First the Creature from Black Lagoon:

and Now the scene from Ziegfeld Follies:

The Creature’s costume took the longest to create, as many rejections occurred, however Jack Kevan and Bud Westmore made the final design, (though Bud got credit, while Jack found himself in an uncredited role), These two gentlemen worked on other Universal projects before and after this flick such as their first teaming up on the hilarious Abbott and Costello Meet Frankenstein (1948) and 4-years later with Monster on the Campus (1958). The overall cost of the costume was $12,000 (which today’s is $112k), with a squeeze bulb built, that some say looks like a coreset mid-section. After the movie and its two sequels Universal Studios, did the logical action with the costume, tossed it into the trash. Luckily a garbageman, rescue it, and used it for a Halloween outfit, and later legendary collector Forrest J. Ackerman bought it. Nevertheless, the Creature made another appearance on the television series The Munsters (1964) with episode called Love Comes to Mockingbird Heights as the character Uncle Gilbert. However, that wouldn’t become the last time he saw stardom on the big screen, a parodied version of himself in Saturday the 14th (1980), a brief appearance from The Monster Squad (1987) and a quirky version in Monsters vs Aliens (2009).

At the time of post-production the movie incorporated the talents of three composers for the score, though all uncredited; Henry Mancini (NIghtwing [1979]) contributed 12-minutes, Herman Stein, who worked with Arnold 5-times throughout his career generated the best portions with Julie Adams’ swimming scenes and the Creature theme music accounting for another 12-minutes, and of course Universal Studios notable Hans J. Salter (The Wolf Man [1941]) while he did 16-minutes. The rest of the composition used in the movie came from Universal’s stock music vaults.  Many don’t realize that actually two Gill Man stuntmen existed, yes, Ricou Browning, handled the underwater shots, who was a professional swimmer and able to hold his breath up to 4-minutes, the importance of the costume allowed for no tanks. Meanwhile Ben Chapman handled the land activities for the Creature, how he luckily escaped a major health during a fight scene rehearsal, with actor Bernie Gozier who portrayed Zee, Ben’s costume made it difficult to move and see correctly, and he missed grabbing Bernie’s hand what held a machete and the swing caused the blade to hit him in the head thankfully the thickness of the costume protected him.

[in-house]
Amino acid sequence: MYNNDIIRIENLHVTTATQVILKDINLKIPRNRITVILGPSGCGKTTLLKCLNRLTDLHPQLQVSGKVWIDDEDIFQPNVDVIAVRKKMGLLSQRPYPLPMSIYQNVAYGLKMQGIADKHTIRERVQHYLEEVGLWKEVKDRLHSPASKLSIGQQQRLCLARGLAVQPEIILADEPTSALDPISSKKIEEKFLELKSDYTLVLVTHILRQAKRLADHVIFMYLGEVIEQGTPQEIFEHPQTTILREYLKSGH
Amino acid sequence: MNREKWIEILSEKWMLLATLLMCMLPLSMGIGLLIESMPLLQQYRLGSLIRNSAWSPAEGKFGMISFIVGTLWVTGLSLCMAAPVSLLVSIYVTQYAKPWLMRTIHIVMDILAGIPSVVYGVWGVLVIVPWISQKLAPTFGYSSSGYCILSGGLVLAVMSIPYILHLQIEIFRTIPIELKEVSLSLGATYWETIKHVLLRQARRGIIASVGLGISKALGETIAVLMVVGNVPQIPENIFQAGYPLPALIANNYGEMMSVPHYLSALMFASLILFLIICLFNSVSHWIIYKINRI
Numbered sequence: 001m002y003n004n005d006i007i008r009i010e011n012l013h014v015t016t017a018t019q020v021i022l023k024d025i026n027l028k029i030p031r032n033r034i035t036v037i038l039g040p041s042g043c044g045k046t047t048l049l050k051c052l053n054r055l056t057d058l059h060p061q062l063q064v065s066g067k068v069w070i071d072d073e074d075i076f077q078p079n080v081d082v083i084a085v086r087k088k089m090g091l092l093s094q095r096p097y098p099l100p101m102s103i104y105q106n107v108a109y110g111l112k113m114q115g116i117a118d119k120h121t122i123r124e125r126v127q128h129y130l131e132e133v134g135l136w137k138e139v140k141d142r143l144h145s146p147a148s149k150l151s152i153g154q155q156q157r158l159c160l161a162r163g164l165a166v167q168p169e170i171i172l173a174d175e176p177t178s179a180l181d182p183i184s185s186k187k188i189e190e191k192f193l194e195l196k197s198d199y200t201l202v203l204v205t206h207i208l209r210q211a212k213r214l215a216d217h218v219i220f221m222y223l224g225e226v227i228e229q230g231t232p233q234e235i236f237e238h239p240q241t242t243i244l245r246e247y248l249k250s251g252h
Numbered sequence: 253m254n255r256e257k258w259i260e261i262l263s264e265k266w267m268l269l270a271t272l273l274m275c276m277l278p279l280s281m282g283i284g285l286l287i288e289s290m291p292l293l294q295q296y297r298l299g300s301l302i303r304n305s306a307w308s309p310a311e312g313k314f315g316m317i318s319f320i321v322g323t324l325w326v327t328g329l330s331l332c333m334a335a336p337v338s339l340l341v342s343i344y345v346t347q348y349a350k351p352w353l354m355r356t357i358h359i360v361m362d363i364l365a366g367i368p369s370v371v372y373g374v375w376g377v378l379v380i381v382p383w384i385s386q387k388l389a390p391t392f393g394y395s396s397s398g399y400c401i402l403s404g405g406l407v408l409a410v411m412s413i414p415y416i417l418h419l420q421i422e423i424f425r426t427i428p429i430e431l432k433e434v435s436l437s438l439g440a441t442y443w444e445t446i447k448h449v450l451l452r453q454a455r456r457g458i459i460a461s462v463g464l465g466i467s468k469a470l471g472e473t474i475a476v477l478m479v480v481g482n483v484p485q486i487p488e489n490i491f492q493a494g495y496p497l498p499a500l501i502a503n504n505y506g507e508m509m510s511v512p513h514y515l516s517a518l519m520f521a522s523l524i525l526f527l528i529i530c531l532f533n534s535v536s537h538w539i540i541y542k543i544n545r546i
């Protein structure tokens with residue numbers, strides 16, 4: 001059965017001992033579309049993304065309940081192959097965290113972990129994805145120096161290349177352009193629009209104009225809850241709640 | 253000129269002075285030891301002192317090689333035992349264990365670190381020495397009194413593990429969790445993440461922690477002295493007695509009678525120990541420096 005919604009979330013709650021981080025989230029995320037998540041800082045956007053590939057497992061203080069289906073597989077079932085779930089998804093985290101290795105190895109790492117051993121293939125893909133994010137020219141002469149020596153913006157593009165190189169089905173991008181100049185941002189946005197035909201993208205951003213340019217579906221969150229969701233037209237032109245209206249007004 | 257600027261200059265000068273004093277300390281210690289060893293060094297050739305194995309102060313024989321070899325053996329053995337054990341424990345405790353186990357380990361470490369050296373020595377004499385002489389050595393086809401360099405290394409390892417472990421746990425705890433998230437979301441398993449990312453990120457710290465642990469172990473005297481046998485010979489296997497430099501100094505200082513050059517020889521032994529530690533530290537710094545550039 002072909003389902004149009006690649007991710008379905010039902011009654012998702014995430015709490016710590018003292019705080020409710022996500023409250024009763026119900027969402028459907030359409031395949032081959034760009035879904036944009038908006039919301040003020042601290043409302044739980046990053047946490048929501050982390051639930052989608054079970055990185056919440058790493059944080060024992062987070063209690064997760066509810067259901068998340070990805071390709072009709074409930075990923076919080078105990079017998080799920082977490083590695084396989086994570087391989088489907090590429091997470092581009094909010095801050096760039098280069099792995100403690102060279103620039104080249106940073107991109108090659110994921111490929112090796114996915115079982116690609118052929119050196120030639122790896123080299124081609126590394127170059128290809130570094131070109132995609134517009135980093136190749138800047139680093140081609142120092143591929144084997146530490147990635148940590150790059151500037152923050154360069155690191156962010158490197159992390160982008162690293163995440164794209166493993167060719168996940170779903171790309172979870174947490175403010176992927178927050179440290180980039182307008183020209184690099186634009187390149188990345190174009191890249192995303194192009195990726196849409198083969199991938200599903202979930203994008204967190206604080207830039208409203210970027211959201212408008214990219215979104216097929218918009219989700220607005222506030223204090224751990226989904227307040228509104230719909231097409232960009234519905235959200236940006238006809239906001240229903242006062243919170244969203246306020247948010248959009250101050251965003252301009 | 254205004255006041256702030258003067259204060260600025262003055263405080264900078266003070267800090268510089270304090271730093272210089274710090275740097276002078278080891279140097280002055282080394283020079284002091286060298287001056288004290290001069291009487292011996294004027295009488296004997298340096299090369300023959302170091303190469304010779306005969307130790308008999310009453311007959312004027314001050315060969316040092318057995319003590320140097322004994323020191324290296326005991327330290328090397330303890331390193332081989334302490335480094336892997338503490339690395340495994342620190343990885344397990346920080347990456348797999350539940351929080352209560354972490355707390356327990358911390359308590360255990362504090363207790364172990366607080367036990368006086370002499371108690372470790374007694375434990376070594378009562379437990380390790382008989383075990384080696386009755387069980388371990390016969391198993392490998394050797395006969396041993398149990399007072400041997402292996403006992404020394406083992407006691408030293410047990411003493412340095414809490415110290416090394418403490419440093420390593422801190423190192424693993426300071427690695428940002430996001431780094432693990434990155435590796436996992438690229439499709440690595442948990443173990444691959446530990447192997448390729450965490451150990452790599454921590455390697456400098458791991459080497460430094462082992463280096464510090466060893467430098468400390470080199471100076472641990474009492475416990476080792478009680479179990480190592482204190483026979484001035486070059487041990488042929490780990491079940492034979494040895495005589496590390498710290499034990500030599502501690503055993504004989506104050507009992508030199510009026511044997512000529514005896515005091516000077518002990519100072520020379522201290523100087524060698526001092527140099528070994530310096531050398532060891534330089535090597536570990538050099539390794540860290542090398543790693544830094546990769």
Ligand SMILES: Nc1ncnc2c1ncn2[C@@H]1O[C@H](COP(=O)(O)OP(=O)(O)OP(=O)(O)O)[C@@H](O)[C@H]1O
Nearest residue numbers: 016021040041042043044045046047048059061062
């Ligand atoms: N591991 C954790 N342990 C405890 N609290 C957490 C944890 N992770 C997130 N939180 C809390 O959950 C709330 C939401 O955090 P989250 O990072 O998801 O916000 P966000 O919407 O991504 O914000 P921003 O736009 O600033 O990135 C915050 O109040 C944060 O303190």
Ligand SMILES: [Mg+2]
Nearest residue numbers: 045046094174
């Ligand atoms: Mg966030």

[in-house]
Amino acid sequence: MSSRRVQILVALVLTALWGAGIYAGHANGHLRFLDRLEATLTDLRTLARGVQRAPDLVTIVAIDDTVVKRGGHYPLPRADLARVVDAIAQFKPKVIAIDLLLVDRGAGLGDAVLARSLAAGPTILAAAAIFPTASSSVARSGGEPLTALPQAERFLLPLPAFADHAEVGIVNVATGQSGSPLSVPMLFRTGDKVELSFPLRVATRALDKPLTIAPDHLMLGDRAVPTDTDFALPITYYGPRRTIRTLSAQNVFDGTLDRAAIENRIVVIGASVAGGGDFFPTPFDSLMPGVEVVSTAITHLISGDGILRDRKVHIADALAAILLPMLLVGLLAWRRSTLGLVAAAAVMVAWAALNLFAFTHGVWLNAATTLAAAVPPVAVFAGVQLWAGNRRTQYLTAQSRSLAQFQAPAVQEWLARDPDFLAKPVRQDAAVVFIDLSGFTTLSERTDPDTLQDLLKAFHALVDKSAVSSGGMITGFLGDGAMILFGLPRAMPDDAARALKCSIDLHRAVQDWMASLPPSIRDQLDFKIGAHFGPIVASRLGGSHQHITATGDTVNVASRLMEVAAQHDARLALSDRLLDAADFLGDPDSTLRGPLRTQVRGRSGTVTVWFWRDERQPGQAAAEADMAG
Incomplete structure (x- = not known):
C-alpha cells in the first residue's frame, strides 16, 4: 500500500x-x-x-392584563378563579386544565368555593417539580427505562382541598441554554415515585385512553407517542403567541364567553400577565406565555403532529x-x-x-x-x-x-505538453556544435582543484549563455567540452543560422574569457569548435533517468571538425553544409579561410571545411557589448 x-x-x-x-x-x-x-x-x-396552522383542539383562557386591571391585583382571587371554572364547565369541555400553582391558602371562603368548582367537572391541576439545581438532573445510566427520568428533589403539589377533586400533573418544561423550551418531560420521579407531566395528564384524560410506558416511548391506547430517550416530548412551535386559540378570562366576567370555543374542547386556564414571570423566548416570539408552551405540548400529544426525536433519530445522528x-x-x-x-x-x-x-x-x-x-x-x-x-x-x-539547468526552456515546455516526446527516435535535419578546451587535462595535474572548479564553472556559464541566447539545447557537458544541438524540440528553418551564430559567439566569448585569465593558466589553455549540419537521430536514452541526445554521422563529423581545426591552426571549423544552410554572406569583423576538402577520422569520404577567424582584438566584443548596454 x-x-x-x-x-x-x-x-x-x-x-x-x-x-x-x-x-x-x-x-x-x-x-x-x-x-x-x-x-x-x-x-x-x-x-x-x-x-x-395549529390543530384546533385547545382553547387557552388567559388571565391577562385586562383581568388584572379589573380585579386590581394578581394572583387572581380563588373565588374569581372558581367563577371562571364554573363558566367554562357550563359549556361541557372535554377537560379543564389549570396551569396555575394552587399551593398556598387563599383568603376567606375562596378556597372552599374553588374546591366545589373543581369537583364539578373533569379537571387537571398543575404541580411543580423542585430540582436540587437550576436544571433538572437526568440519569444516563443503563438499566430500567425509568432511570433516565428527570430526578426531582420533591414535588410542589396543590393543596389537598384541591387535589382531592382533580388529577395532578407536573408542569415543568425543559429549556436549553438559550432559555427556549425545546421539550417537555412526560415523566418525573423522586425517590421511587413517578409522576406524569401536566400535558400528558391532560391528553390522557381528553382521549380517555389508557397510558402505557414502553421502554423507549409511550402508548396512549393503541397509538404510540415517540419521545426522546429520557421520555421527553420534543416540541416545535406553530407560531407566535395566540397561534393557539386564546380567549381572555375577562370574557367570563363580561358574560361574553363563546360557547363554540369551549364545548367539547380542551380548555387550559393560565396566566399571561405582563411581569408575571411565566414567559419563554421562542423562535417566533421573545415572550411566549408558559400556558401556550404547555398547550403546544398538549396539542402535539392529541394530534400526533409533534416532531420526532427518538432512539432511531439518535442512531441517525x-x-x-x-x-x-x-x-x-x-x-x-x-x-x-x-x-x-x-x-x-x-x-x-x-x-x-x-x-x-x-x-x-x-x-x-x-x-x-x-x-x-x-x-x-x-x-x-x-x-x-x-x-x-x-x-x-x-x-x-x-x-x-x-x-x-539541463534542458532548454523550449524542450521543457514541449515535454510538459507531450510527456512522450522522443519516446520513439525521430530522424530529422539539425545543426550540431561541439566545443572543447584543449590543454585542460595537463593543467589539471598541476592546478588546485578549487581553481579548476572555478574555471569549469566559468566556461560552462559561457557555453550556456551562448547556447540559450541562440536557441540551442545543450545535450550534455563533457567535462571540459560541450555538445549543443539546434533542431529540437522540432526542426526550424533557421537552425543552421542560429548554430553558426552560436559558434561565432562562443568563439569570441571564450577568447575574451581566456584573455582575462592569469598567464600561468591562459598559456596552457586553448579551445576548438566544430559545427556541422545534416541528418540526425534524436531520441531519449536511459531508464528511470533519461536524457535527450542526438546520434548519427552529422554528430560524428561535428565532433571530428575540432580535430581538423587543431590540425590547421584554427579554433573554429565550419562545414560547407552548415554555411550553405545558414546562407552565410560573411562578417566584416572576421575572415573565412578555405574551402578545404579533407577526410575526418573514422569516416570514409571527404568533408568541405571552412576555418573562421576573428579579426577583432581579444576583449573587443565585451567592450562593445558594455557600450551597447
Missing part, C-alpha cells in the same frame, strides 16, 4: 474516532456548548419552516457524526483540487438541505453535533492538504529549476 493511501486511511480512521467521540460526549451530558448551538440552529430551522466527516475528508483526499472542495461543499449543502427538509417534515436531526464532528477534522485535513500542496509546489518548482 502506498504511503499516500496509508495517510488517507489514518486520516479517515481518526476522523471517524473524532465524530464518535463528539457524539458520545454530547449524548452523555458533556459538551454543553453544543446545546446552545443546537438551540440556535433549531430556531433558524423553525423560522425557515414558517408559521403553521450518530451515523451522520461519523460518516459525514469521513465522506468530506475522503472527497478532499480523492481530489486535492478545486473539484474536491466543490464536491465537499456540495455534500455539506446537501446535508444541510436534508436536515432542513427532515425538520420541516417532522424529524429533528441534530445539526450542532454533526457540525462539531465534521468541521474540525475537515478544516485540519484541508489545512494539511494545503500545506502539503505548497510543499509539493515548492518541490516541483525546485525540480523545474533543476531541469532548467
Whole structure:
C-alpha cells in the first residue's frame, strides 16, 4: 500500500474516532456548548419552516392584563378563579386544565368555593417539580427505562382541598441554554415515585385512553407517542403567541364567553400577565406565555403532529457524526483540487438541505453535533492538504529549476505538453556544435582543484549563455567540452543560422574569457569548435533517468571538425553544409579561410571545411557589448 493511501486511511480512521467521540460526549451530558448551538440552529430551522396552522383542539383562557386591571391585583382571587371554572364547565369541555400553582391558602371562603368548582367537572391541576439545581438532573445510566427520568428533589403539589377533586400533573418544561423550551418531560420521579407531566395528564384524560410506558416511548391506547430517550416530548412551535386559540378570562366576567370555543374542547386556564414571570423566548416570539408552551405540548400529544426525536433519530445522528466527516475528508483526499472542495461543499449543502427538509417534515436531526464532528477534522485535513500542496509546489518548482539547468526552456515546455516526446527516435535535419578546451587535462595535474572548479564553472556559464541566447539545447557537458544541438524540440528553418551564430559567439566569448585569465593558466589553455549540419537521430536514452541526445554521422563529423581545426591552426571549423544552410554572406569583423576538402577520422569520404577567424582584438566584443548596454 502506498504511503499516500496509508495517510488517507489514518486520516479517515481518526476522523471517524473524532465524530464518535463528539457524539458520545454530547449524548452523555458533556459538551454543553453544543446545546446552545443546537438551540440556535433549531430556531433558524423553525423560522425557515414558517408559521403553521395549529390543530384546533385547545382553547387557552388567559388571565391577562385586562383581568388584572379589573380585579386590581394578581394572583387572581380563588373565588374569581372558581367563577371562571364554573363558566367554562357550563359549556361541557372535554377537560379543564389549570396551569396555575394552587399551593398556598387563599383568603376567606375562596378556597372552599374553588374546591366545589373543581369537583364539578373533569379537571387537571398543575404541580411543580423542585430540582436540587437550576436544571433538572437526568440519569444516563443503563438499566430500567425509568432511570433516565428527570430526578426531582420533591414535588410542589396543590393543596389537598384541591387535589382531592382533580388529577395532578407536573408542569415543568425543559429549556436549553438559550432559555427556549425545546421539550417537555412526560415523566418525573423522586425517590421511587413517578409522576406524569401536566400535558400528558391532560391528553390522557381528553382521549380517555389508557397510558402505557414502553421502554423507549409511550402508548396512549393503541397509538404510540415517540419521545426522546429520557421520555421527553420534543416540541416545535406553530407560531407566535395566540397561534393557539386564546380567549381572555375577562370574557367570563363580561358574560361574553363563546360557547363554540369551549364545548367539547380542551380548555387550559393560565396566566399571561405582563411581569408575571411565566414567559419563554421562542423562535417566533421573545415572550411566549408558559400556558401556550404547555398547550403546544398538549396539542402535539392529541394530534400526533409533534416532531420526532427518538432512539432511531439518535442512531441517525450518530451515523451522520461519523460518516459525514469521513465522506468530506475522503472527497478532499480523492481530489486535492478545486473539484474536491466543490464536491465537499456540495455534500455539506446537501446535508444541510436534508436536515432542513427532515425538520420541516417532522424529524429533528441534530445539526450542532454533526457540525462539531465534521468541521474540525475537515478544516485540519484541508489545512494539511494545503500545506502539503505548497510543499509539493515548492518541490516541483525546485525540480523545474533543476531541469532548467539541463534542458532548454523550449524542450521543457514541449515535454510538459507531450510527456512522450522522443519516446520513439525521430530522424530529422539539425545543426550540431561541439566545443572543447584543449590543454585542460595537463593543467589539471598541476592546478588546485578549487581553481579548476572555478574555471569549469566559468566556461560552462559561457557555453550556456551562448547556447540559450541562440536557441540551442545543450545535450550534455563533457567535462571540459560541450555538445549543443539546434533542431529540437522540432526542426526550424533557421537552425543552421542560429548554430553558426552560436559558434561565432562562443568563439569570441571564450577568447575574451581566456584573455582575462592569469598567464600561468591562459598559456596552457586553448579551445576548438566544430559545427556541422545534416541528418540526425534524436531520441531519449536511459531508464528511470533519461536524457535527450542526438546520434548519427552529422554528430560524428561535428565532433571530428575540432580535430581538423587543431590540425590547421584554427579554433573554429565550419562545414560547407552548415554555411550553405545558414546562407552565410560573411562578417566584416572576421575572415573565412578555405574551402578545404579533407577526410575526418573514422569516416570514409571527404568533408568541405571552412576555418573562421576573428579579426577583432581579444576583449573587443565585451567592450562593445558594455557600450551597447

Julie Adams one of the last surviving members passed away on February 3, 2019, leaving only Ricou Browning, as the final standing cast member who at the time of this writing is 88-years old. Incidentally for those fascinated with dates, the four individuals who worked on this film died in the month of November and two died on the same day November 11, 11-years apart writers William Alland (11/11/97) and Arthur A. Ross (11/11/2008).

While it’s been 65-years since this movie frightened and entertained audiences, and yes it’s quite dated an unable to friend anyone, possibly a tad sexist with regard to Julia Adams’ character Kay appearing more as a window dressing, remember the era that the film come from, a primordial mentality. Nevertheless, a few of the techniques used in the movie still carry over in today’s horror flicks, from the ‘fear of the unknown’ and the stillness of the water with a murky depth, Jaws (1975) and Lake Placid (1999) employed these elements. Even, even today’s collector’s market the Creature from the Black Lagoon, items sell quickly, from the super expensive original posters worth over $15,000, to Target stores 2017 involvement of Monsterville featuring Universal Monsters Dracula, Mummy, Frankenstein and the quickly highly sought Creature. Most fans today have at least one item from this classic, even the exclusive comic book review found here. The movie, lasts as an iconic creation, influencing filmmakers and storytellers, and still waiting in the murky depth for all curious swimmers.

TAGLINES:

  • Not since the beginning of time has the world beheld terror like this!
  • Centuries of passion pent up in his savage heart!
  • Terrifying monster ravages mankind!
  • Amazing! Startling! Shocking!
  • Clawing Monster From A Lost Age strikes from the Amazon’s forbidden depths!
  • Creature from a million years ago!… every man his mortal enemy… and a woman’s beauty his prey!
  • From the Amazon’s forbidden depths came the Creature from the Black Lagoon

https://www.imdb.com/title/tt0046876/

IMDb Rating: 7.0/10

Baron’s Rating: 7.0/10